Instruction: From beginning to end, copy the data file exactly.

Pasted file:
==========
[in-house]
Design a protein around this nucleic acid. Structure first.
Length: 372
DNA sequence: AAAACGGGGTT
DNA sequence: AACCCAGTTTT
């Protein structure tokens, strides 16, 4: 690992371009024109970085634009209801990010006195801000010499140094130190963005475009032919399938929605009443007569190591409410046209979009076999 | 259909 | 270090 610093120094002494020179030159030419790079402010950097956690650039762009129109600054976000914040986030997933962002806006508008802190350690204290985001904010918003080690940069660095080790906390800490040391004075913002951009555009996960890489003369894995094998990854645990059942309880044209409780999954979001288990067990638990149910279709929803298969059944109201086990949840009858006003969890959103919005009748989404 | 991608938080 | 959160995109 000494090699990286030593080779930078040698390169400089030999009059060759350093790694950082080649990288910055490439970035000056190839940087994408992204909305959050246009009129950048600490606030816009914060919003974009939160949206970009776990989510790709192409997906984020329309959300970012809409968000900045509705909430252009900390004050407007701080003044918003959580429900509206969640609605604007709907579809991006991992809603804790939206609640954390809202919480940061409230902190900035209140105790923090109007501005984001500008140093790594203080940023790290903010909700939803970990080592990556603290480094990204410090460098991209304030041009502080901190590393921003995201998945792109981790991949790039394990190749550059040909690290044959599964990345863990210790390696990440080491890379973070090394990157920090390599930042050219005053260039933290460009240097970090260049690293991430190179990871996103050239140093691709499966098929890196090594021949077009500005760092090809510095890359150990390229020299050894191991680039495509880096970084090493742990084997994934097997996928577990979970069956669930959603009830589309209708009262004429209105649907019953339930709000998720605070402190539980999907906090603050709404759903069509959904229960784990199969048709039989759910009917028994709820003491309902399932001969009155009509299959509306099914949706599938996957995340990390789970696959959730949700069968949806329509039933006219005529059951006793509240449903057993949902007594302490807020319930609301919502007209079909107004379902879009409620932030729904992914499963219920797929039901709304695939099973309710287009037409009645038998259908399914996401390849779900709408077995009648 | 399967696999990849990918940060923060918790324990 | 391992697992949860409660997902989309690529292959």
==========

[in-house]
Design a protein around this nucleic acid. Structure first.
Length: 372
DNA sequence: AAAACGGGGTT
DNA sequence: AACCCAGTTTT
């Protein structure tokens, strides 16, 4: 690992371009024109970085634009209801990010006195801000010499140094130190963005475009032919399938929605009443007569190591409410046209979009076999 | 259909 | 270090 610093120094002494020179030159030419790079402010950097956690650039762009129109600054976000914040986030997933962002806006508008802190350690204290985001904010918003080690940069660095080790906390800490040391004075913002951009555009996960890489003369894995094998990854645990059942309880044209409780999954979001288990067990638990149910279709929803298969059944109201086990949840009858006003969890959103919005009748989404 | 991608938080 | 959160995109 000494090699990286030593080779930078040698390169400089030999009059060759350093790694950082080649990288910055490439970035000056190839940087994408992204909305959050246009009129950048600490606030816009914060919003974009939160949206970009776990989510790709192409997906984020329309959300970012809409968000900045509705909430252009900390004050407007701080003044918003959580429900509206969640609605604007709907579809991006991992809603804790939206609640954390809202919480940061409230902190900035209140105790923090109007501005984001500008140093790594203080940023790290903010909700939803970990080592990556603290480094990204410090460098991209304030041009502080901190590393921003995201998945792109981790991949790039394990190749550059040909690290044959599964990345863990210790390696990440080491890379973070090394990157920090390599930042050219005053260039933290460009240097970090260049690293991430190179990871996103050239140093691709499966098929890196090594021949077009500005760092090809510095890359150990390229020299050894191991680039495509880096970084090493742990084997994934097997996928577990979970069956669930959603009830589309209708009262004429209105649907019953339930709000998720605070402190539980999907906090603050709404759903069509959904229960784990199969048709039989759910009917028994709820003491309902399932001969009155009509299959509306099914949706599938996957995340990390789970696959959730949700069968949806329509039933006219005529059951006793509240449903057993949902007594302490807020319930609301919502007209079909107004379902879009409620932030729904992914499963219920797929039901709304695939099973309710287009037409009645038998259908399914996401390849779900709408077995009648 | 399967696999990849990918940060923060918790324990 | 391992697992949860409660997902989309690529292959």